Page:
CBD Past, Present, and Future: A Q+A With Our Founder

In light of our one year anniversary and National Hemp Day, we sat down with our founder, Anthony Saniger, to talk the current state of CBD, from the 2018 Farm Bill to the future of regulation and the industry as a whole.

How did hemp become legal?
The 2014 Farm Bill originally introduced hemp. It had been used for a long time in fabric, but people realized that hemp had high concentrations of CBD (which is found in the entire cannabis family of plants as well). In December of last year, the 2018 Farm Bill passed, which further defined hemp as cannabis and derivatives with less than 0.3% THC, separating it from marjuana. This bill also removed hemp from the Controlled Substances Act (CSA), allowing for its cultivation, possession, sale, and distribution.

What does regulation look like right now, and what do you think will happen in the future? 
The FDA has put out some statements, but has not formally created guidelines for hemp. We created Standard Dose out of that absence of regulation -- we wanted to be a place that vetted and curated brands and ensured that the products people were using were safe and effective. Regulation is something we strongly believe the industry should have, and I think that the FDA will come out with a formal ruling on hemp and CBD with guidelines for how it will be applied to beauty and nutritional supplements, for example. How that will manifest, we’re unsure. But eventually I believe there will be guidelines on things like how to label packaging properly, how to test the products, how to manufacture and have good manufacturing processes. All of these elements will be separate from initiatives like the Safe Banking Act, which concerns the monetary side including payment processing and banking for brands in the space. I think that will come this year as well.

In early January of 2020, House Agriculture Committee Chairman Collin Peterson introduced a bipartisan bill that would include hemp-derived CBD in the definition of dietary supplements under the Federal, Food, Drug, and Cosmetic Act. This bill would require the US Department of Agriculture to study the obstacles facing farmers involved in the production of hemp, both from a regulatory and market perspective. Standard Dose is in support of this bill, and we think it’s a big step toward regulation that will help ensure hemp-derived CBD products are accurately-labeled, safe, and effective.

What do you think will be the catalyst for further FDA regulation?
Right now, people are searching for products that can help with everyday problems, and I think that’s led to a rise in interest around CBD and the possible benefits. But there’s also a political side: there’s been a big push by farmers who are growing hemp. As a result, we’re going to reach a point where legislators will have to create guidelines and make decisions. Otherwise, the market will become saturated with poor-quality products that will present a significant health risk.

What would those regulations mean for the industry?
I think for the industry, creating regulations will mean that small brands will have to re-do their packaging and possibly even their product formulations depending on where they are and where these new guidelines come into play. That will have a big impact on the industry, but I also think that once the legality is clarified, more and more bigger players will be joining in. So you’ll start to see hemp and CBD more in fashion and apparel, you’ll start to see it more in ingestibles, you’ll see it more in beauty -- from these major companies. Right now, bigger companies don’t want to risk things like their insurance provider not accepting them anymore or their payment processing going down, as it would cause a lot of problems. They aren’t willing to take that risk, and that’s why small brands are able to be nimble and move in this market right now.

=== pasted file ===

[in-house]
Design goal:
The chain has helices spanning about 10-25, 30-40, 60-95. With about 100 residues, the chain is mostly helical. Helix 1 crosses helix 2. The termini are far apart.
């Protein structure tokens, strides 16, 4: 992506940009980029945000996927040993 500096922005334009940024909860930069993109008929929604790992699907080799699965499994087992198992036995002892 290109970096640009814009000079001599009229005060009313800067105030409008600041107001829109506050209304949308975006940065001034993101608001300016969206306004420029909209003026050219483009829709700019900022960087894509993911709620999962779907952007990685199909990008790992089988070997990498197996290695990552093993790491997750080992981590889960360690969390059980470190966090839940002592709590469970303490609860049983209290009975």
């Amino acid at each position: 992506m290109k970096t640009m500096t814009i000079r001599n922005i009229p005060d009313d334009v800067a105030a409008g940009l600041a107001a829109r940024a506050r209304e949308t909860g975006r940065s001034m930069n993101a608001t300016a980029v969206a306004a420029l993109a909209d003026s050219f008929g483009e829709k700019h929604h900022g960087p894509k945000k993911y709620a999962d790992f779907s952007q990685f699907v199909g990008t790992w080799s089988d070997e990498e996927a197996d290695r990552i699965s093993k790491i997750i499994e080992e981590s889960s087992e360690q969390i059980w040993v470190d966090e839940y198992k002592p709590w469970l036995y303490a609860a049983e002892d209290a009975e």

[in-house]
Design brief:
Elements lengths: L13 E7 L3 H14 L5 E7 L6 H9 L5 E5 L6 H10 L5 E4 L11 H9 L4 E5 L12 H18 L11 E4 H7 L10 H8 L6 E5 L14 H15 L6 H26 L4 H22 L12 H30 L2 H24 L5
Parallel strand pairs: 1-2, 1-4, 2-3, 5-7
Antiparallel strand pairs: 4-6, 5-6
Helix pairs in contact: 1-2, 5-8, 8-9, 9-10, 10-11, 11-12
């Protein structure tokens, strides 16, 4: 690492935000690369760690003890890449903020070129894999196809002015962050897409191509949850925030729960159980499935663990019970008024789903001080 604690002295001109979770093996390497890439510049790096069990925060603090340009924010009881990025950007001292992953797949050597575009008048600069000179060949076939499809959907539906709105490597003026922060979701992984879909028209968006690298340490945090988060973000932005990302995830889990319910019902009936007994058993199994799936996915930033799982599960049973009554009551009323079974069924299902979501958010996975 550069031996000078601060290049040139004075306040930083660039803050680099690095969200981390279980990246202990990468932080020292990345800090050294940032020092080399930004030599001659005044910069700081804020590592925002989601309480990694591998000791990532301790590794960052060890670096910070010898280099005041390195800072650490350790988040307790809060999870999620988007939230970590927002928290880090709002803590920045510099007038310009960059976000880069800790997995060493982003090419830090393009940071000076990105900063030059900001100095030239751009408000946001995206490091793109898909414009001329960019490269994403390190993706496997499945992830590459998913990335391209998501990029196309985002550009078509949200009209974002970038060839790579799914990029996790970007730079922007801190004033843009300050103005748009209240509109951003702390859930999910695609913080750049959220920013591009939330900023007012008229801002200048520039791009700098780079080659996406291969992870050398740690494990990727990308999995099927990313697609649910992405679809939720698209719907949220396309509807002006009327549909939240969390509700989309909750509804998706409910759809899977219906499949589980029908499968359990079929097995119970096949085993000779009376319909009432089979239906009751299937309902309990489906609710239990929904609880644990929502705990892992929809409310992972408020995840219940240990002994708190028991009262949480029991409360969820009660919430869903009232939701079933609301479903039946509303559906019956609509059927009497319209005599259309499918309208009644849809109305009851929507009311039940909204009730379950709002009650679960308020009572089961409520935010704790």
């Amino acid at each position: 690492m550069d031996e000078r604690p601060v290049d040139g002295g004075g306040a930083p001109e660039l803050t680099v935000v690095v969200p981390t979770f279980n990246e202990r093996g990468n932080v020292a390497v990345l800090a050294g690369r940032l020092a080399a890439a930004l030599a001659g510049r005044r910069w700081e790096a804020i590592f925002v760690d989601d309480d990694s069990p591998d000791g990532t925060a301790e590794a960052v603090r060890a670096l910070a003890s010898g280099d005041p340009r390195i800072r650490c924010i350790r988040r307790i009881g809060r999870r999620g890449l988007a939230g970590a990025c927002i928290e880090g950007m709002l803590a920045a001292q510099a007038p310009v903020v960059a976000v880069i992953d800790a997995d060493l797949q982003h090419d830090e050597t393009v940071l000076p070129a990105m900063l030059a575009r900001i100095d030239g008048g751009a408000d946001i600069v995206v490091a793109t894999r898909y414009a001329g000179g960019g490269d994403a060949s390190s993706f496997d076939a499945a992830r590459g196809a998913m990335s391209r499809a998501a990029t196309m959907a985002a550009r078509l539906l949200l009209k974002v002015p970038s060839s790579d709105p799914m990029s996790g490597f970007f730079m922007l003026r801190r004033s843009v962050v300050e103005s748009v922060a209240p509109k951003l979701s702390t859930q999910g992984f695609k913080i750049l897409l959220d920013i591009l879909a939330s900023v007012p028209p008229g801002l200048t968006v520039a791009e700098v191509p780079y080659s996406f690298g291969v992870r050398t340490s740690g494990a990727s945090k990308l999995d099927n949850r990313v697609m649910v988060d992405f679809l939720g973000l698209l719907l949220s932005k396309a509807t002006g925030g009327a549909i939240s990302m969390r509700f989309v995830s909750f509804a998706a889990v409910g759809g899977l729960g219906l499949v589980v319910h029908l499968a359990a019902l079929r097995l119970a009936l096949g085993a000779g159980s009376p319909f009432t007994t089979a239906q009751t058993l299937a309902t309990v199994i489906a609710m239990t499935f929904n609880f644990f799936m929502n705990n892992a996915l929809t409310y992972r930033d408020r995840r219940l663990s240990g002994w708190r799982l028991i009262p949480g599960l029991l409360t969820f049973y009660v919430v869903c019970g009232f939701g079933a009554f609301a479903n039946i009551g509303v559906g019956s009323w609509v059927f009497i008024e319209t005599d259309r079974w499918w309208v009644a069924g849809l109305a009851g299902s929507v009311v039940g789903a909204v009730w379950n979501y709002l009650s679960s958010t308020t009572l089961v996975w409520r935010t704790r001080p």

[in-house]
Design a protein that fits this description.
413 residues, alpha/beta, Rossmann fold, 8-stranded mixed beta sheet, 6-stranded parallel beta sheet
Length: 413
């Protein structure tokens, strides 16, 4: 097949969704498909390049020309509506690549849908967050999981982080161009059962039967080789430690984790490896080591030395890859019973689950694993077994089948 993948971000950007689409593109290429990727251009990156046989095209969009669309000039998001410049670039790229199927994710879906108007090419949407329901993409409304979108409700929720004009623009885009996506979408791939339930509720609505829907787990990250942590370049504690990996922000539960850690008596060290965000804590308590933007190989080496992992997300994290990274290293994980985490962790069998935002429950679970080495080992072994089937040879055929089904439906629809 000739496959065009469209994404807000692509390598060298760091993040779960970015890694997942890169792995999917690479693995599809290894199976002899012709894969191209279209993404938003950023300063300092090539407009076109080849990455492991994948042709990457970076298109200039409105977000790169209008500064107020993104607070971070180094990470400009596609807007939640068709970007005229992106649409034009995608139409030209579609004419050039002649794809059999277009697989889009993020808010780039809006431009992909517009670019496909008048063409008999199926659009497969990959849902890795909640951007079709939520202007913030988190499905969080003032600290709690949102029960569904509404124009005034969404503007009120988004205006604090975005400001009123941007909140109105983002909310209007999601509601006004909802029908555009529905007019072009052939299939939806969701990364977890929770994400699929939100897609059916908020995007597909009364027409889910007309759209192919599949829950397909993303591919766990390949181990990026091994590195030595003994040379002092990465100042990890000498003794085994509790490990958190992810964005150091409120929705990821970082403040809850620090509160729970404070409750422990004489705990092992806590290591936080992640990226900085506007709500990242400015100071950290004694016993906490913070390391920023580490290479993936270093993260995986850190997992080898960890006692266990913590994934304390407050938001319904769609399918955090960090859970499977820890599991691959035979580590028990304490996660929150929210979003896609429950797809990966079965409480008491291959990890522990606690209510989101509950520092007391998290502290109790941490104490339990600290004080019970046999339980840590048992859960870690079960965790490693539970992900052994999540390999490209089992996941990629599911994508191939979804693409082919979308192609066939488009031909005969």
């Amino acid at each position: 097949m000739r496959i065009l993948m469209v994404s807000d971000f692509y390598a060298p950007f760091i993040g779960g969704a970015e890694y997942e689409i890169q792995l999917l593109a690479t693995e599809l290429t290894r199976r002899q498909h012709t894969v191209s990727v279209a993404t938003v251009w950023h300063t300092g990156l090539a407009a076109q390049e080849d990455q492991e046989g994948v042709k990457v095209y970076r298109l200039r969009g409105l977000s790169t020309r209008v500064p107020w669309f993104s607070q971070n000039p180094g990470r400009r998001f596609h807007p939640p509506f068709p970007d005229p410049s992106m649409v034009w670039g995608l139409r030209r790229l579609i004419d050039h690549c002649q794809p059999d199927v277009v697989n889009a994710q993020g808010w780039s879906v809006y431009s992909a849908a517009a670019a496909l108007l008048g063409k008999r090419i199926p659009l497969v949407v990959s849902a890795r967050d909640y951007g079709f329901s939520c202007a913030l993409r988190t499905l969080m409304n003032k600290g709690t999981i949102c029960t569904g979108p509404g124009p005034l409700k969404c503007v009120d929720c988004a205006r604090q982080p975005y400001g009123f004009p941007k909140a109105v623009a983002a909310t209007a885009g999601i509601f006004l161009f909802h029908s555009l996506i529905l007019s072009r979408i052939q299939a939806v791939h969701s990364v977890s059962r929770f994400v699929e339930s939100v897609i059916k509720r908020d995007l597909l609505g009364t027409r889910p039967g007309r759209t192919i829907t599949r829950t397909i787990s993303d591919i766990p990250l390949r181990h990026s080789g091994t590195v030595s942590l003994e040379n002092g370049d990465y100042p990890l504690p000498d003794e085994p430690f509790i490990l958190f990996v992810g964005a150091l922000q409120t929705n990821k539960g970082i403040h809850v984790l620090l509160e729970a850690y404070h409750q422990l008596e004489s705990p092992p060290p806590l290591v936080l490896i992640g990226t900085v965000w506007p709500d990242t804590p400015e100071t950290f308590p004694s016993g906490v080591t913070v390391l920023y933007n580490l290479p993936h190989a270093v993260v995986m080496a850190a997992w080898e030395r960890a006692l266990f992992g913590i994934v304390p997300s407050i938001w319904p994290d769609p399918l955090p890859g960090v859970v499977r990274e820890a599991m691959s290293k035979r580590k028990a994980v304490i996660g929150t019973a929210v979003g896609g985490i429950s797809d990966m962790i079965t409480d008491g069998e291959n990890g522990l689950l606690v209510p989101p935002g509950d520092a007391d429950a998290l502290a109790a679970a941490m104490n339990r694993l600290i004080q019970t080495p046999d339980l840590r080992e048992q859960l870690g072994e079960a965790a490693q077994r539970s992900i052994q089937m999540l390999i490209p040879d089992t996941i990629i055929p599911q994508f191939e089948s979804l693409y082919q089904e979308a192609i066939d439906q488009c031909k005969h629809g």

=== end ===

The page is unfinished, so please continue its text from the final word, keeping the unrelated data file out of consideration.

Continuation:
What’s your stance on THC? And do you ever see it being a part of Standard Dose?
When it comes to THC, I believe that a full-spectrum CBD product with trace amounts of THC can be great for specific purposes, like sleep for example. I could see those small concentrations being a part of Standard Dose as the science develops, but I don’t see us ever being a THC or cannabis dispensary -- that’s definitely not us. 

What does the future of CBD look like at Standard Dose?
CBD is one super powerful ingredient that we see across a lot of different categories, but I see that being just a single ingredient. I think it’s about a bigger conversation around the terpenes and other cannabinoids in the plant like CBG, CBC, and CBN and how those are applied. As the legality is clarified and more research is done, companies will take a deeper look at their product formulation, and specifically how they can combine minor cannabinoids and terpenes. I think that’s the future, and I think for Standard Dose, CBD is just one powerful ingredient, we also look at things like ashwagandha, reishi, and turmeric. To us, it’s ultimately about how we can harvest the power of what nature is giving us. CBD will always be a strong element of our brand, but it will be a part of the bigger picture of plant-based wellness.